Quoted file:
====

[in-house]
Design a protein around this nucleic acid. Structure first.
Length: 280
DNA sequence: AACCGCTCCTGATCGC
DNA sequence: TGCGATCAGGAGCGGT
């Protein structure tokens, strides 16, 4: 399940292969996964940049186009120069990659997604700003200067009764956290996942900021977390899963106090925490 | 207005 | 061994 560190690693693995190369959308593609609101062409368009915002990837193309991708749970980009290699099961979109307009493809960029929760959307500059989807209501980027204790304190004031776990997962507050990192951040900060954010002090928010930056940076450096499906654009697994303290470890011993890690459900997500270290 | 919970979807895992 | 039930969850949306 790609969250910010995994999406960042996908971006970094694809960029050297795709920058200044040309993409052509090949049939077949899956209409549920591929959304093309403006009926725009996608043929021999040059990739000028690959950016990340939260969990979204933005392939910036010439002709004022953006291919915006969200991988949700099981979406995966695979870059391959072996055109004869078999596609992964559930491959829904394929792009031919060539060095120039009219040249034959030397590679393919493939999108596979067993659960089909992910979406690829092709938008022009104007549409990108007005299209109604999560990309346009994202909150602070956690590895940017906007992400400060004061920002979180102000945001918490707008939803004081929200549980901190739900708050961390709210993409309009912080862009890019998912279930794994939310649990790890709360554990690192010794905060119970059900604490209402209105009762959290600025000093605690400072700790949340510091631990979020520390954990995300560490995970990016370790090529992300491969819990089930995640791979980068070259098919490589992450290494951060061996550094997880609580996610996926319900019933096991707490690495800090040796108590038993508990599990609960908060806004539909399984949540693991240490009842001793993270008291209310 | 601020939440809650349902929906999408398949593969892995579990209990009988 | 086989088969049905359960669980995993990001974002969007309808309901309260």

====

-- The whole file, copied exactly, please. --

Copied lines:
[in-house]
Design a protein around this nucleic acid. Structure first.
Length: 280
DNA sequence: AACCGCTCCTGATCGC
DNA sequence: TGCGATCAGGAGCGGT
């Protein structure tokens, strides 16, 4: 399940292969996964940049186009120069990659997604700003200067009764956290996942900021977390899963106090925490 | 207005 | 061994 560190690693693995190369959308593609609101062409368009915002990837193309991708749970980009290699099961979109307009493809960029929760959307500059989807209501980027204790304190004031776990997962507050990192951040900060954010002090928010930056940076450096499906654009697994303290470890011993890690459900997500270290 | 919970979807895992 | 039930969850949306 790609969250910010995994999406960042996908971006970094694809960029050297795709920058200044040309993409052509090949049939077949899956209409549920591929959304093309403006009926725009996608043929021999040059990739000028690959950016990340939260969990979204933005392939910036010439002709004022953006291919915006969200991988949700099981979406995966695979870059391959072996055109004869078999596609992964559930491959829904394929792009031919060539060095120039009219040249034959030397590679393919493939999108596979067993659960089909992910979406690829092709938008022009104007549409990108007005299209109604999560990309346009994202909150602070956690590895940017906007992400400060004061920002979180102000945001918490707008939803004081929200549980901190739900708050961390709210993409309009912080862009890019998912279930794994939310649990790890709360554990690192010794905060119970059900604490209402209105009762959290600025000093605690400072700790949340510091631990979020520390954990995300560490995970990016370790090529992300491969819990089930995640791979980068070259098919490589992450290494951060061996550094997880609580996610996926319900019933096991707490690495800090040796108590038993508990599990609960908060806004539909399984949540693991240490009842001793993270008291209310 | 601020939440809650349902929906999408398949593969892995579990209990009988 | 086989088969049905359960669980995993990001974002969007309808309901309260």